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Thread: What do you enjoy about programming?

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    Default What do you enjoy about programming?

    It is just for curiosity, what do you enjoy about programming?


    I only have 4 weeks learning Java and I enjoy it because I can create stuff, but sometimes I'm frustrated that I can't do much yet.

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    For most I think it's the joy of creation and the feelings of joy when your creation does amazing things for you.
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    sometimes I'm frustrated that I can't do much yet
    This is perfectly understandable because programming consists of mastering very small bits of complexity (small enough that they aren't very complex) and then putting them together to create more complex results. If we persist (and if we learn manageable ways of combining the parts) we will achieve the spectacular results we want, but never fast enough.

    We are somewhat in the position of an infant just beginning to pull him or herself up onto two legs. When we were learning to walk we didn't know about the long term benefits of this form of locomotion, so we were spared the frustration of knowing all things we were unable to do. When we fell on our face it was unpleasant but any frustration was momentary and a spur to further attempts.

    The outlook (ability?) weakens with age but when learning programming - or anything - we should at least aim at being like the audacious toddler (and not like the serene guru).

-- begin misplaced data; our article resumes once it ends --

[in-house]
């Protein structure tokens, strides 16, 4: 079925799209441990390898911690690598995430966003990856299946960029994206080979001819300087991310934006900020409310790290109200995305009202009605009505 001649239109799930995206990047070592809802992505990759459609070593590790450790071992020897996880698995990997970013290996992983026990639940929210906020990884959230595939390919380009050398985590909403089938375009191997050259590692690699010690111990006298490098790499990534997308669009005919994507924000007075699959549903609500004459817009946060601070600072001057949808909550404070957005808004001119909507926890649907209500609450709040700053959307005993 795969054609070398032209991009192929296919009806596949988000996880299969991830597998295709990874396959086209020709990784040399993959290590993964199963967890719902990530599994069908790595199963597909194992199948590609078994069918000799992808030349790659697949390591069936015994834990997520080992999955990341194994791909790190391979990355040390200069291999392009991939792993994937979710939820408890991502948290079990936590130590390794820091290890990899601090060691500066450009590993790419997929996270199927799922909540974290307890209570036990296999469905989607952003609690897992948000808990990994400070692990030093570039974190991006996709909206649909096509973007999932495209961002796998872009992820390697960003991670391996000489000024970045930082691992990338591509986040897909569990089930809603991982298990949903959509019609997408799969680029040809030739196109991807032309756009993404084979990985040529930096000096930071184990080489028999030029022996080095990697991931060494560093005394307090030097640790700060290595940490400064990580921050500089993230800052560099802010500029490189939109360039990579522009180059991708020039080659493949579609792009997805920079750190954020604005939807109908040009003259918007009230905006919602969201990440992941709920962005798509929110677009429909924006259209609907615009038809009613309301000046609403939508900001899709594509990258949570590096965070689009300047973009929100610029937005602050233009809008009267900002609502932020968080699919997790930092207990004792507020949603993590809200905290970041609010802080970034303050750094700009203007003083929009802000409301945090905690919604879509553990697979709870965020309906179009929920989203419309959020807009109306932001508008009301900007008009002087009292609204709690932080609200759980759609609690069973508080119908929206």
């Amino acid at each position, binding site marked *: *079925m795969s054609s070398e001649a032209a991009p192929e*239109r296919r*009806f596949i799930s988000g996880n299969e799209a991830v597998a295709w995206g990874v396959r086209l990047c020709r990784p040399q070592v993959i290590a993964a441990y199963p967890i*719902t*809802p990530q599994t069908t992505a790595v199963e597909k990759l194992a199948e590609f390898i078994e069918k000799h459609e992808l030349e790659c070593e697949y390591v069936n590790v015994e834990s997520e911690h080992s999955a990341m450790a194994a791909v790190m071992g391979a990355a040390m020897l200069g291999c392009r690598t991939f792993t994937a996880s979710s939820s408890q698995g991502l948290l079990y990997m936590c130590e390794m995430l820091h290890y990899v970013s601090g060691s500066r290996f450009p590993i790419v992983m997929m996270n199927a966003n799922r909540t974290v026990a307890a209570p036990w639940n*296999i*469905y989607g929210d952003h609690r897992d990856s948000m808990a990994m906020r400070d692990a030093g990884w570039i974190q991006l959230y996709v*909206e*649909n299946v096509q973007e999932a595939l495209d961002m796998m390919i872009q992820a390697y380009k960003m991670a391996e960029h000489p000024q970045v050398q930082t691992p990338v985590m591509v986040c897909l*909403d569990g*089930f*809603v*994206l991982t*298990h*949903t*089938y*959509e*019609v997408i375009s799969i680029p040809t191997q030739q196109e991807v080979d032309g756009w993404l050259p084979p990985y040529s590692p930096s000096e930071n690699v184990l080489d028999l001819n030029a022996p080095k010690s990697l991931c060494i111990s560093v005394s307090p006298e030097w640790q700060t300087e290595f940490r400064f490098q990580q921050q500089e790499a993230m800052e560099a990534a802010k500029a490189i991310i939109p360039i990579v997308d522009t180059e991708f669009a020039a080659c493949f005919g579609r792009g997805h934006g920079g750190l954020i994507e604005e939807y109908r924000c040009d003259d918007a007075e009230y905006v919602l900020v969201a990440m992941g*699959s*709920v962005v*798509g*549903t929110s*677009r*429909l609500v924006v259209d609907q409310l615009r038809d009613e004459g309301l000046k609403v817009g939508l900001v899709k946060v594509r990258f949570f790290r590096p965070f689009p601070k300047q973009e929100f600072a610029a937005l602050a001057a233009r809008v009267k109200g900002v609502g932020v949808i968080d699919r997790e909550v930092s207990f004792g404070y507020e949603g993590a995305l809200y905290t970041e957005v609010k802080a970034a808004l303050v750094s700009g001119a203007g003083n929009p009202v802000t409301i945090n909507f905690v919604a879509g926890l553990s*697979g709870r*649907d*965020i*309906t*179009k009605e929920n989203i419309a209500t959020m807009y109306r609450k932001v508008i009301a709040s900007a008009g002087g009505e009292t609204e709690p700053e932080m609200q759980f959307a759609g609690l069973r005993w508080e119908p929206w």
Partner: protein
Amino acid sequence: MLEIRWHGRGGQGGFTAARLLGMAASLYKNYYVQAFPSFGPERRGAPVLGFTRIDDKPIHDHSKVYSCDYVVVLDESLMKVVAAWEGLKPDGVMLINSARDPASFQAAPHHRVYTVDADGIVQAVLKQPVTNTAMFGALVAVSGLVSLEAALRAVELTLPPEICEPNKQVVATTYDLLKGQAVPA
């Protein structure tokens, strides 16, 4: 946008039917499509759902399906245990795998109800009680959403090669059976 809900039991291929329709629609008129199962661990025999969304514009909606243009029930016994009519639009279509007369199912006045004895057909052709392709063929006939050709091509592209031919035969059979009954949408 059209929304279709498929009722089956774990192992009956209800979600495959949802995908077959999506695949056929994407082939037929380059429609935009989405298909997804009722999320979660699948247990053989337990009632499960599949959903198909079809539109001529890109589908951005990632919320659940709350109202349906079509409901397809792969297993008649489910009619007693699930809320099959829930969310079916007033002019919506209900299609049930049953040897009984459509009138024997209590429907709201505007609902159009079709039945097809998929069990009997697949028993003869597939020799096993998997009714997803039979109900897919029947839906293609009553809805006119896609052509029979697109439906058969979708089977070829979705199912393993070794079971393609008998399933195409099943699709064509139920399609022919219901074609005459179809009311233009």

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    That's my goal, to persist until I reach the desired results.
    p.s I liked your answer

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    Quote Originally Posted by Fubarable View Post
    For most I think it's the joy of creation and the feelings of joy when your creation does amazing things for you.
    It's funny when you come to think of it, because a computer can only do very simple stupid things but it can do them very fast and it can do lots of them; it's the result of a lot of stupid simple things that amazes us. We must be reductionists (Descartes) that are amazed by the complexity of a lot of stupid simple things ... would we also be amazed by half of those stupid simple things? one tenth of them? Where does it stop? We most certainly aren't amazed by a single stupid simple thing; or maybe its just the fact that we have created something that does something on its own (ok, we have started it (the program), but then the thing (the computer) does it all on its own).

    kind regards,

    Jos
    cenosillicaphobia: the fear for an empty beer glass

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    would we also be amazed by half of those stupid simple things? one tenth of them? Where does it stop?
    Charles Darwin famously compared the fixed and simple law of gravity governing earth's rotation around the sun with the result of the complex interactions of organisms living on the earth. Whereas in the first case one year merely followed another, in the second "endless forms most beautiful and most wonderful have been, and are being, evolved".